For President Biden it means, for now, stopping short of engaging in direct combat with Russia—although we are clearly engaged in economic warfare as well as supplying whatever military aid we think will keep us this side of a nuclear confrontation. (Everything but. Like doing every sexual act but penetration. It’s still sex.)
As a onetime Quaker, a former facilitator for the Alternatives to Violence project, and someone who is still haunted by her inability to make peace on a small local scale at High Valley,* I find myself torn. Part of me agrees with Biden’s official policy. Do not escalate. Do not engage in direct military combat with Russia. Do not start a (possibly nuclear) world war. Another part says, fight! Do not stand back while Ukraine is leveled, hospitals bombed, people trapped in cities without food, water, heat, medicine. Do not stand back while mass graves are filled with bodies that will never be identified….
This response is new for me. I have opposed the all the major wars my country has waged in my lifetime. But have I kept track of all the conflicts, all the covert actions, all the damaging policies, all the suffering my country has been party to? Have I been aware of all Putin’s previous wars and depredations? No, I haven’t. So I am as guilty as anyone of giving up my will, letting it be caught up in various maelstroms beyond my ken.
How do we, as individuals, inexorably part of all that is, respond to this war? All I know to do right now is pay attention, not look away, give what I can give, and for what it is or isn’t worth, pray.
Pray to whatever god is, within us, between us, around us. Pray to the angels, (if you need to be asked in order to help, I’m asking. Help! help!) I pray for Vladimir Putin to be delivered from whatever evil has taken over his will or is his will. I pray for all of us to be delivered from evil, our own and everyone’s. Just take the take away the “d” from devil, my father said, and you have evil. Still not comforting. Evil is more terrible when it is, or could be, our own conscious or unconscious will.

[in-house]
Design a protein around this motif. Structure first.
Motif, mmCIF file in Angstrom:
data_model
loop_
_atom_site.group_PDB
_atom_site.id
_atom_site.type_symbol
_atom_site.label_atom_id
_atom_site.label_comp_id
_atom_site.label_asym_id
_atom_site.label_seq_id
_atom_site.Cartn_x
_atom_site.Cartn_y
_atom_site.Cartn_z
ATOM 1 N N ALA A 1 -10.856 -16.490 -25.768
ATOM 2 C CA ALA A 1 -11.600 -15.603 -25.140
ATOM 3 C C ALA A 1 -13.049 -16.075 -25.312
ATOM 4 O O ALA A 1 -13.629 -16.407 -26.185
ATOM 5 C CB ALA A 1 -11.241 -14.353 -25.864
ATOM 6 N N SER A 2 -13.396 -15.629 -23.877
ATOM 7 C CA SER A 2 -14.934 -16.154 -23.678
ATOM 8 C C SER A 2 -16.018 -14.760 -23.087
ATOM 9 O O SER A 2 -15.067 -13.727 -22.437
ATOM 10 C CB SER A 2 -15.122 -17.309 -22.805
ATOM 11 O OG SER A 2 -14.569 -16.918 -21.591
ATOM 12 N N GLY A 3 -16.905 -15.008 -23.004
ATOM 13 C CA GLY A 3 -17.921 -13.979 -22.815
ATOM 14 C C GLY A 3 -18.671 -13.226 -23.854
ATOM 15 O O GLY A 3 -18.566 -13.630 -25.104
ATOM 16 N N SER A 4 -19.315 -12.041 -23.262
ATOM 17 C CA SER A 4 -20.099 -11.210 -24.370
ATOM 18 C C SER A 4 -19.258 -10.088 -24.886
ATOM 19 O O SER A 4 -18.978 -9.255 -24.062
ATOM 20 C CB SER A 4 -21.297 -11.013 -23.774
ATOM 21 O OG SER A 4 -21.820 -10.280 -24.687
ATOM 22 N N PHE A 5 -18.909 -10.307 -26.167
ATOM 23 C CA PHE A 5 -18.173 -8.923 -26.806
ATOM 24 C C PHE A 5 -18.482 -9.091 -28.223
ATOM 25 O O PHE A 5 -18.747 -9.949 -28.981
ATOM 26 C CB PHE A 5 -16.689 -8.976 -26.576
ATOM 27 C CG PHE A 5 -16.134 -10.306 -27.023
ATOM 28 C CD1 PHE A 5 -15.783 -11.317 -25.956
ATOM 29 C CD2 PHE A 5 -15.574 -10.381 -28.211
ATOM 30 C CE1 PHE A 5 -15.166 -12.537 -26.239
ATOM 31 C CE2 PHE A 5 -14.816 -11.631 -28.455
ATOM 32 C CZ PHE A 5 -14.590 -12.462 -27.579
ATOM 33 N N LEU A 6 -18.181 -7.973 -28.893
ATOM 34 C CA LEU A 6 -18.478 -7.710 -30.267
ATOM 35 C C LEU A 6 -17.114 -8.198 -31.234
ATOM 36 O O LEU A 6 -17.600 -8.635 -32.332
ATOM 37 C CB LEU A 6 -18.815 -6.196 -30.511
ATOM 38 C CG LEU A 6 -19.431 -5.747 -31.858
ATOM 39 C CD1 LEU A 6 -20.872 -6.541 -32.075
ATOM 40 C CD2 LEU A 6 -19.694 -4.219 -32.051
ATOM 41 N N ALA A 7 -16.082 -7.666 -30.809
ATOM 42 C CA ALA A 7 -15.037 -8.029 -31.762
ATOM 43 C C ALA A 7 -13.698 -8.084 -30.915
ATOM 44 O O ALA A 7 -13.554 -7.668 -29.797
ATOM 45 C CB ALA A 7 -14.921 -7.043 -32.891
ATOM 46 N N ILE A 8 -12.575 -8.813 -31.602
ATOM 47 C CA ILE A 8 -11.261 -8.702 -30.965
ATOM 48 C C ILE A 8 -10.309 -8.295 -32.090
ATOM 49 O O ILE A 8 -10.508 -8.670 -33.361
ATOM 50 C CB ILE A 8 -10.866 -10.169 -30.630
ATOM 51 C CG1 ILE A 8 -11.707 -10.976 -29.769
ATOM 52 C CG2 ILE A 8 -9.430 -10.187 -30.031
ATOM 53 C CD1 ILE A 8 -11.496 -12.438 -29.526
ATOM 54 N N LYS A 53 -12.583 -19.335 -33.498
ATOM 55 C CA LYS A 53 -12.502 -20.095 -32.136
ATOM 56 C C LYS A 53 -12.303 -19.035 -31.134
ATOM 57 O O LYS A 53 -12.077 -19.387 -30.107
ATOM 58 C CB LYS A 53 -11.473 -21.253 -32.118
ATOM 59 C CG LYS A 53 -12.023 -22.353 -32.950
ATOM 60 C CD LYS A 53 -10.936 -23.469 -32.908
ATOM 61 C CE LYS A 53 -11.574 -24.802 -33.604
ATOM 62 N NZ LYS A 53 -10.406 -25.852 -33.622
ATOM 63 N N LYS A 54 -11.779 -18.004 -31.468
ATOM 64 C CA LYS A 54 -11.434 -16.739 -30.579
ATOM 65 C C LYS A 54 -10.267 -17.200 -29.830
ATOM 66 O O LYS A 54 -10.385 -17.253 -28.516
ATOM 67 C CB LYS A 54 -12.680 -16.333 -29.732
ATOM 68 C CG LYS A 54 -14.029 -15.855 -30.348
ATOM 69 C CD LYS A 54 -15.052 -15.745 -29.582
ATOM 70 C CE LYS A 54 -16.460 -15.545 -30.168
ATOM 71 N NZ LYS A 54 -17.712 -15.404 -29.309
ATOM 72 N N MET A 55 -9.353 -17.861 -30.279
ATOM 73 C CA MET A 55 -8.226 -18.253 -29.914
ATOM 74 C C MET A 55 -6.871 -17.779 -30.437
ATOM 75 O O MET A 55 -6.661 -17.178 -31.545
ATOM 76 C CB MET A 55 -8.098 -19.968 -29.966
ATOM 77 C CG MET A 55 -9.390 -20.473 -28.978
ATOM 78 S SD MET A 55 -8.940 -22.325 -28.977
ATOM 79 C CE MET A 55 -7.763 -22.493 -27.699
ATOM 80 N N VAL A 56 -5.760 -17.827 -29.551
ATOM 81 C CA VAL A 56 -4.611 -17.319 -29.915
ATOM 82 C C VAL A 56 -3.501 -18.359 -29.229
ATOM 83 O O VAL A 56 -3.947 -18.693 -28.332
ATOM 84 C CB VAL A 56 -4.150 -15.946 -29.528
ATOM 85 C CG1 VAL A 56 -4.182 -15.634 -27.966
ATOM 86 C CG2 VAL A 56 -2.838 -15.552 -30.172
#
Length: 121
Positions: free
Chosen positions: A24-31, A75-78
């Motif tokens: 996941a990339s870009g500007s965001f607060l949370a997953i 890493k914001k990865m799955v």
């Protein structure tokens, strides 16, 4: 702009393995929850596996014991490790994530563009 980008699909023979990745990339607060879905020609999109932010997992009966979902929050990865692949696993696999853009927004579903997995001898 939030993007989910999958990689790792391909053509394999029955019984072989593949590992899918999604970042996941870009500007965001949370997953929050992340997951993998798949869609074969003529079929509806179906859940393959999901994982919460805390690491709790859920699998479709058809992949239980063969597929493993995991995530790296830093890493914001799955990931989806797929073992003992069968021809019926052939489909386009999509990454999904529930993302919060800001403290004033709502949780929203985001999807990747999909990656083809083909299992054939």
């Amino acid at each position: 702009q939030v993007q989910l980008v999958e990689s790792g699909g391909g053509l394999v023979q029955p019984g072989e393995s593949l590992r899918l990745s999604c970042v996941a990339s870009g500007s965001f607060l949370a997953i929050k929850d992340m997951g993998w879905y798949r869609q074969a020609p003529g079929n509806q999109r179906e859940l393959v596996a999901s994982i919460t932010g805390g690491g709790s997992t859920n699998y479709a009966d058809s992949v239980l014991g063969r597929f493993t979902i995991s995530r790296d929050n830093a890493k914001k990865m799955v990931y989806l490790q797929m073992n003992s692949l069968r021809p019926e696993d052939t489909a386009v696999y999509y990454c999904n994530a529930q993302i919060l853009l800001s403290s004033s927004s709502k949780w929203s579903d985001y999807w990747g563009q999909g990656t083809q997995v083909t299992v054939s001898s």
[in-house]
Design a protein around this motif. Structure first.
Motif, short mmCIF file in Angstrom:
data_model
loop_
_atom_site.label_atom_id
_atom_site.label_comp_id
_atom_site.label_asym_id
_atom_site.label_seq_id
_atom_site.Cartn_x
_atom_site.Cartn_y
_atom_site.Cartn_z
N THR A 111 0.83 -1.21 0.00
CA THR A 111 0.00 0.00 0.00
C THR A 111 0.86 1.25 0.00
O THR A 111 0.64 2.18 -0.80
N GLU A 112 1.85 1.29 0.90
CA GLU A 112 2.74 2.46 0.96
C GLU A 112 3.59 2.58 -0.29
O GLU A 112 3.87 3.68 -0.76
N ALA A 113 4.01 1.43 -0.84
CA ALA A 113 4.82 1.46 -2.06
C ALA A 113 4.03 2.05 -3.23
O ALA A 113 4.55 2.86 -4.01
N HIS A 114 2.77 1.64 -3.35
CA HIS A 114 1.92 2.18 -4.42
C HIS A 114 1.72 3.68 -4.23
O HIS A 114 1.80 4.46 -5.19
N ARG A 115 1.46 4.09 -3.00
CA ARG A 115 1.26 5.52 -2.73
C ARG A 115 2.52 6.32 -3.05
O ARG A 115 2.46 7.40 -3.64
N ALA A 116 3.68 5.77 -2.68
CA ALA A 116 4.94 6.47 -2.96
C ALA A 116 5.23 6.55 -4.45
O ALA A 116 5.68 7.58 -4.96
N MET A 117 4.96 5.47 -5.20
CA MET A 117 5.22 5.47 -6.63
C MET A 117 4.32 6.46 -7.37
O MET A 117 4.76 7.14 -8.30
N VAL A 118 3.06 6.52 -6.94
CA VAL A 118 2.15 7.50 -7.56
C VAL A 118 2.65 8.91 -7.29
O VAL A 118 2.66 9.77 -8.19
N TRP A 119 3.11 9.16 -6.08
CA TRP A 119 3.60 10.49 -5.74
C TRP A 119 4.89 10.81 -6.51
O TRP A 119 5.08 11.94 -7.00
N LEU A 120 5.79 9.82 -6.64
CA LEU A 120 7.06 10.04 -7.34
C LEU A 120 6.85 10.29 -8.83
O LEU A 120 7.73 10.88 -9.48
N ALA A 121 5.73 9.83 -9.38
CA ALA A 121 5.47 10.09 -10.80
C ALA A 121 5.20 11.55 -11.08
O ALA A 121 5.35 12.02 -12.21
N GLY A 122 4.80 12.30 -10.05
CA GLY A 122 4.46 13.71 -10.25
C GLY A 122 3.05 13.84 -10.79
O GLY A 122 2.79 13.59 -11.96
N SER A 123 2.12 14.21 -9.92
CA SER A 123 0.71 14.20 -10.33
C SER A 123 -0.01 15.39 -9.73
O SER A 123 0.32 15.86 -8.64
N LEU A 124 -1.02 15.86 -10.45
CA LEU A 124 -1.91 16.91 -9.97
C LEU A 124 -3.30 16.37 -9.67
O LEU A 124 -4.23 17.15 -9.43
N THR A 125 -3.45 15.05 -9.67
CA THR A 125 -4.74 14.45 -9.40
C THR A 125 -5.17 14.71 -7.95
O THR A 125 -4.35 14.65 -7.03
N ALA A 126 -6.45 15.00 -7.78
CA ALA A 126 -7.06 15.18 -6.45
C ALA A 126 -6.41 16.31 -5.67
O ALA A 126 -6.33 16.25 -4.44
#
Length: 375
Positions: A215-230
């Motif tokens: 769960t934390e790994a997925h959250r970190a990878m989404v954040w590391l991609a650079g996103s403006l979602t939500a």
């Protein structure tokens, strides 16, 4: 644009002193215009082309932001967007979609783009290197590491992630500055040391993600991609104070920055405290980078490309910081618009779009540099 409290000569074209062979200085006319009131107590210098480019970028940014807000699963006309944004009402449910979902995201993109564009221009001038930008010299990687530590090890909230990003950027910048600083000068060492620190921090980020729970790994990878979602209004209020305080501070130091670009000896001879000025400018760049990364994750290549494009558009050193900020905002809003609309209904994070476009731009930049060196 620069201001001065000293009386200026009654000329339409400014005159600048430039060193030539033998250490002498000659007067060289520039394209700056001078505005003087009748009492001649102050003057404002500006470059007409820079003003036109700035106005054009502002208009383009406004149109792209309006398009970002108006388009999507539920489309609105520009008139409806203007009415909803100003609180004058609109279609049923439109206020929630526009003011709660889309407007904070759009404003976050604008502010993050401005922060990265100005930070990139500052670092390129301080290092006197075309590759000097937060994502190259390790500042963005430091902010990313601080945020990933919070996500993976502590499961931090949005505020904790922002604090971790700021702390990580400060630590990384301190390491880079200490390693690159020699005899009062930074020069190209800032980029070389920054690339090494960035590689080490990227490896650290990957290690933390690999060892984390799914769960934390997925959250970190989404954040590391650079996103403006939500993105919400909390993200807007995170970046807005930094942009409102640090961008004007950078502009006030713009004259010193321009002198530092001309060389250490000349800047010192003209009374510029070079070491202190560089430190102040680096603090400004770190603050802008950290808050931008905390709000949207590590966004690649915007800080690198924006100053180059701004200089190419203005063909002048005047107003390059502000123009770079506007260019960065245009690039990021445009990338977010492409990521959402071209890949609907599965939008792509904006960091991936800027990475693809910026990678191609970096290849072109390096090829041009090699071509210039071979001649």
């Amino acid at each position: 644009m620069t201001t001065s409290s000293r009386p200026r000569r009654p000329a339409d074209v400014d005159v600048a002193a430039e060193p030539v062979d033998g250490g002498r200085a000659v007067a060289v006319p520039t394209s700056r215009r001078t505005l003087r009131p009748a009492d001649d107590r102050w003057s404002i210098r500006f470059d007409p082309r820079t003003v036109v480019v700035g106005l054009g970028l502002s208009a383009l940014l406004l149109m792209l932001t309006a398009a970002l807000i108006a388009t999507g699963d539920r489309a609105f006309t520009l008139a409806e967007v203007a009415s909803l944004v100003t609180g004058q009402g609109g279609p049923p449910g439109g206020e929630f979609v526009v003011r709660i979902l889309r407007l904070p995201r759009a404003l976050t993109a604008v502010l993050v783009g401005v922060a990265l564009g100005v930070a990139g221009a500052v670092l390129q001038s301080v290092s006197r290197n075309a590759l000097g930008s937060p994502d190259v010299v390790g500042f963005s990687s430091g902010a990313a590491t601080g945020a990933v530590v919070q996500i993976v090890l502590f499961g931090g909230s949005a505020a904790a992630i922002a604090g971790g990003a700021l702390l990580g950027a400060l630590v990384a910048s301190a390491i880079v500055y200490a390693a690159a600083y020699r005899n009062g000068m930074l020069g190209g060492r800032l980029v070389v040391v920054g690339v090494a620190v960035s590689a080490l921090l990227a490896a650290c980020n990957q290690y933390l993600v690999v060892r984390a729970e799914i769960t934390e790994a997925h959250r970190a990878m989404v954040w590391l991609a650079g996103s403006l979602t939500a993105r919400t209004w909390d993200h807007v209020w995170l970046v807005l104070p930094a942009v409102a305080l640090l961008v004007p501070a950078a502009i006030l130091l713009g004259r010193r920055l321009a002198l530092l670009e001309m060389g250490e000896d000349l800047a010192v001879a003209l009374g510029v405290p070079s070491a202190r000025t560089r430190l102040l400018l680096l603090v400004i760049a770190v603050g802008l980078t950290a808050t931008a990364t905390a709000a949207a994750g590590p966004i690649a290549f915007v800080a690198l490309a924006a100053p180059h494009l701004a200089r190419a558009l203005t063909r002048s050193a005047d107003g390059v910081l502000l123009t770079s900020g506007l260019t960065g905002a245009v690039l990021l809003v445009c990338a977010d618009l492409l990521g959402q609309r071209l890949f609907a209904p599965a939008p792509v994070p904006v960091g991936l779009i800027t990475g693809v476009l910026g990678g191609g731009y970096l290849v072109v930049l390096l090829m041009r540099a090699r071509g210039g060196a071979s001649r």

What I believe today
That I don’t need to believe, not consistently,
god can move in and out of me like breath,
inside or beyond, I don’t have to choose,
and it is all right to blame god even if such
a blameworthy being does not exist if it means
an end to hatred of myself and my own kind.
I feel sorry for us all sometimes, the wicked,
the brilliant, the blind, the kind. Who gave us
such tricky minds and thumbs, such a need
to say no or yes? We murder and make beauty
helplessly, deliberately. Someone please love us,
hold us at the end of time and tell us it’s all right.
–from my poem collection So Ecstasy Can Find You
*High Valley is land we inherited from my late mother-in-law where we ran a community center for eighteen years.
Elizabeth Cunningham is best known as the author of The Maeve Chronicles, a series of novels featuring a feisty Celtic Magdalen. She lives in the valley of the Mahicantuck, the river that flows both ways, home to the Esopus of the Lenape nation. She is a fellow emeritus of Black Earth Institute.